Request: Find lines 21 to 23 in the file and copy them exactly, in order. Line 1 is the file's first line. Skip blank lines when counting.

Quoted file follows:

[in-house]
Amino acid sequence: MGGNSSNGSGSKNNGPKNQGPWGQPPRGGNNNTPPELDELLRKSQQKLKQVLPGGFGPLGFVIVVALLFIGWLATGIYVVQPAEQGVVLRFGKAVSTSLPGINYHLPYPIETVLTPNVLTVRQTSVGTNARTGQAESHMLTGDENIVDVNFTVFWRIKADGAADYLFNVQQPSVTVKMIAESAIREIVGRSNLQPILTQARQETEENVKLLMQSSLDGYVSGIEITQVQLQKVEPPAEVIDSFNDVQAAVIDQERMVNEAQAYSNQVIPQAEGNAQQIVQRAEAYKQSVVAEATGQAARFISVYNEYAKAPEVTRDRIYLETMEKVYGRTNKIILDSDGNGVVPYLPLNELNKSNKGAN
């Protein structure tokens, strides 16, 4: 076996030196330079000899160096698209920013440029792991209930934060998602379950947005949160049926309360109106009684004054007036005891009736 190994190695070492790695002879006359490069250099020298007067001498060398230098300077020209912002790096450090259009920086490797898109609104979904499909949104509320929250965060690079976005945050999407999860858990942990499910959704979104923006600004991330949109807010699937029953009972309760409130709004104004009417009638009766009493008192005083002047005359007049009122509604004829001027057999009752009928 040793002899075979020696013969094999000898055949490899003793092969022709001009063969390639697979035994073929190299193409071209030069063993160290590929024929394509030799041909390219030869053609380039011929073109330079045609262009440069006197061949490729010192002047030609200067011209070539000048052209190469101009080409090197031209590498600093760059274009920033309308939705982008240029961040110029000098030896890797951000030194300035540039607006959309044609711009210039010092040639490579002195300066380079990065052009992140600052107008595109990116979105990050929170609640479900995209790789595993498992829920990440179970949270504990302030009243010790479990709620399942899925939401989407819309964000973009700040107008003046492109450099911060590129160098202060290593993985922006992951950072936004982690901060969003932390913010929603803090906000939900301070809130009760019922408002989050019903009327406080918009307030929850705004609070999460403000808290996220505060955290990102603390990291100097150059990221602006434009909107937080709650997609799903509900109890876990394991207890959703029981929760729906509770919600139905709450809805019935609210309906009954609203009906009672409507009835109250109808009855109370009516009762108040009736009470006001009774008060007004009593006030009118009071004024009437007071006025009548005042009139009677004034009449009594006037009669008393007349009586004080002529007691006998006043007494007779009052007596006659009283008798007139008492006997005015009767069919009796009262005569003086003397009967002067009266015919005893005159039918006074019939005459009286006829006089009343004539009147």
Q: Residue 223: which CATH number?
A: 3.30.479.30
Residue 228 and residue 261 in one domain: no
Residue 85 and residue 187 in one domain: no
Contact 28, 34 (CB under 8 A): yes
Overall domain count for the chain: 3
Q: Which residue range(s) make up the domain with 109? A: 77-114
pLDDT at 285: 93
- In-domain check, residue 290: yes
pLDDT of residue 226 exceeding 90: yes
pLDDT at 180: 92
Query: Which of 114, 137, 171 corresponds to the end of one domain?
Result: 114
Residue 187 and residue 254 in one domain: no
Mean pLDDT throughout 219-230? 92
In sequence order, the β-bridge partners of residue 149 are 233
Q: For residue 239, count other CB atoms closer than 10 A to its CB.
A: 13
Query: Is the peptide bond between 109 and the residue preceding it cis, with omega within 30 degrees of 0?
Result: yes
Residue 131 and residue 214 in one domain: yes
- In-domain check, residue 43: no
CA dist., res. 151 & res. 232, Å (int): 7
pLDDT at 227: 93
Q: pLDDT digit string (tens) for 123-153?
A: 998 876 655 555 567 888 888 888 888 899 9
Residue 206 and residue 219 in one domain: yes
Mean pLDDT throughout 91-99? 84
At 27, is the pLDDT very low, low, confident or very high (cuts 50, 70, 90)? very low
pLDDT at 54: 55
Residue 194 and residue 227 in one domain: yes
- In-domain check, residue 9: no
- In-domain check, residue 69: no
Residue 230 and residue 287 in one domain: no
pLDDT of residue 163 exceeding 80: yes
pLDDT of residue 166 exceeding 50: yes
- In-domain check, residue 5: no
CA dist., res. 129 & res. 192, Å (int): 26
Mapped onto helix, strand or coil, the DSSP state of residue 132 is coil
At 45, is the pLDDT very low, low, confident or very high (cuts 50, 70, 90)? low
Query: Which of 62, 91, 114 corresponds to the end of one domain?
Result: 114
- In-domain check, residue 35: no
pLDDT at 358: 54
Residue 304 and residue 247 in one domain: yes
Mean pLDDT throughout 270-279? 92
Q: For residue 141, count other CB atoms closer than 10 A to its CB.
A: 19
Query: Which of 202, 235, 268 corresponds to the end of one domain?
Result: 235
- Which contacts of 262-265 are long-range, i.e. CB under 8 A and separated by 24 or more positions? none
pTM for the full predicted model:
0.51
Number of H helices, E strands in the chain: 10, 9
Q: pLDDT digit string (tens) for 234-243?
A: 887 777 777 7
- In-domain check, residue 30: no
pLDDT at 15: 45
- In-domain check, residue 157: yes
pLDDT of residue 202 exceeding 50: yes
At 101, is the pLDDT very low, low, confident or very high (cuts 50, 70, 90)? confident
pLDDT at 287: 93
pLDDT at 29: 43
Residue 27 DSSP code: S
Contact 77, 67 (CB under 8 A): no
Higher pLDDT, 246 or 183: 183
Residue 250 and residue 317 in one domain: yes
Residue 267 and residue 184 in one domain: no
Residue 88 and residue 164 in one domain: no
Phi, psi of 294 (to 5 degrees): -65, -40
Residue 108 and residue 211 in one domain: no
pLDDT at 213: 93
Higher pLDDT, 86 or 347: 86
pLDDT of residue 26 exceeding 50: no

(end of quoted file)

A: 13
Query: Is the peptide bond between 109 and the residue preceding it cis, with omega within 30 degrees of 0?
Result: yes